Project: Northern Line CBTC – Loop detection cable
Location: London, United Kingdom
Company: Transport for London / London Underground
Product: RG7M2 0.6/1kV 2.5mm² x one core
Tratos & Transport for London cooperation
Train locations are confirmed at every transition point through a combination of train odometry and accelerometers for accurate positioning data. The transmission from loop to train is an inductive couple of around 56KHz.
The existing XLPE insulated / LSZH loop detection cables, supplied by another manufacturer, were breaking where they were installed with tight bends in station pit sleeper block areas.
The challenge was to design a fully compliant cable to meet all the required electrical, physical and fire safety code of practice demands without changing the copper class 2 conductor construction – with a cable that has very good pliability.
TRATOS proposed the use of elastomeric compounds for the insulation and outer sheath. TRATOS LSZH’s elastomeric compounds had to comply with LU S1085 A3 (Fire safety materials code of practice) and the operational cable service life of 40 years.
Tratos is pleased to support the digitalisation of London Underground signalling. The railway’s attitude to signalling has changed a lot in the past few decades. In times gone by it was often regarded as something one unfortunately needed to run trains safely. On a modern metro railway, it is now more positively seen as an enabler that helps maximise capacity.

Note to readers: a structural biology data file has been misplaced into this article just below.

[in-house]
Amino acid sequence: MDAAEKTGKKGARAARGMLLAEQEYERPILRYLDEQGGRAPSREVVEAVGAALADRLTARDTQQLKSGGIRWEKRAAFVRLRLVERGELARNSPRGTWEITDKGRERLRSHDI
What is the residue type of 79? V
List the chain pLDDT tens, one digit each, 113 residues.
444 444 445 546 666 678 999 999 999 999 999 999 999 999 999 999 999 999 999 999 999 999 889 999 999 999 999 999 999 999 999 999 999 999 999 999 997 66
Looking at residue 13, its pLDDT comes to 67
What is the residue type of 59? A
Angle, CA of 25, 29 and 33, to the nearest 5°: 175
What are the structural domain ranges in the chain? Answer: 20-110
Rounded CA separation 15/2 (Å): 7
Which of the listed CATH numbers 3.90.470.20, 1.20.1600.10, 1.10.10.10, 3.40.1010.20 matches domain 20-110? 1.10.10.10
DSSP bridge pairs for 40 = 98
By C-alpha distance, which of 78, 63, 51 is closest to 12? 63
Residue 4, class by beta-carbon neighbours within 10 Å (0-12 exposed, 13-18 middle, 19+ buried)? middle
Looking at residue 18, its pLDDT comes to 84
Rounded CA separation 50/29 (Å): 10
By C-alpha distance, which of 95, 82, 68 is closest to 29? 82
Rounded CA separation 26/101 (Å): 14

We hear a lot these days about the ‘digital railway’ – which is often taken to mean automated trains. Network Rail and the Secretary of State for Transport miss few opportunities to tell the public that things will be better in future because we will have a digital railway. On Network Rail there is very little to show currently except for a few miles of Thameslink track – although to be fair, what they have got is quite impressive.
Much less talked about is the fact that London Underground have had a digital railway on a number of lines for some time, are busy implementing it on four more lines and are planning to convert the remainder. We might be almost twenty years from a fully digital Underground railway, but there is a detailed plan to do so and much has already been implemented.
The game-changer is undoubtedly Automatic Train Operation (ATO), where the driving of the train is automatic and, nowadays, driven by the signalling system which with an electronic ‘central mind’ that can oversee a route or part of it. Note that this is a considerable advancement on the original Victoria line system, which did little more than automate the existing concept of track speed limits and a restriction on getting too close to the train ahead.
Tratos is long committed to supporting sustainable transport and the UN Global Goals related to the transport, such as Goal 1 End poverty in all its forms everywhere, Goal 3: Good Health and Well-being, and Goal 11: Sustainable Cities and Communities.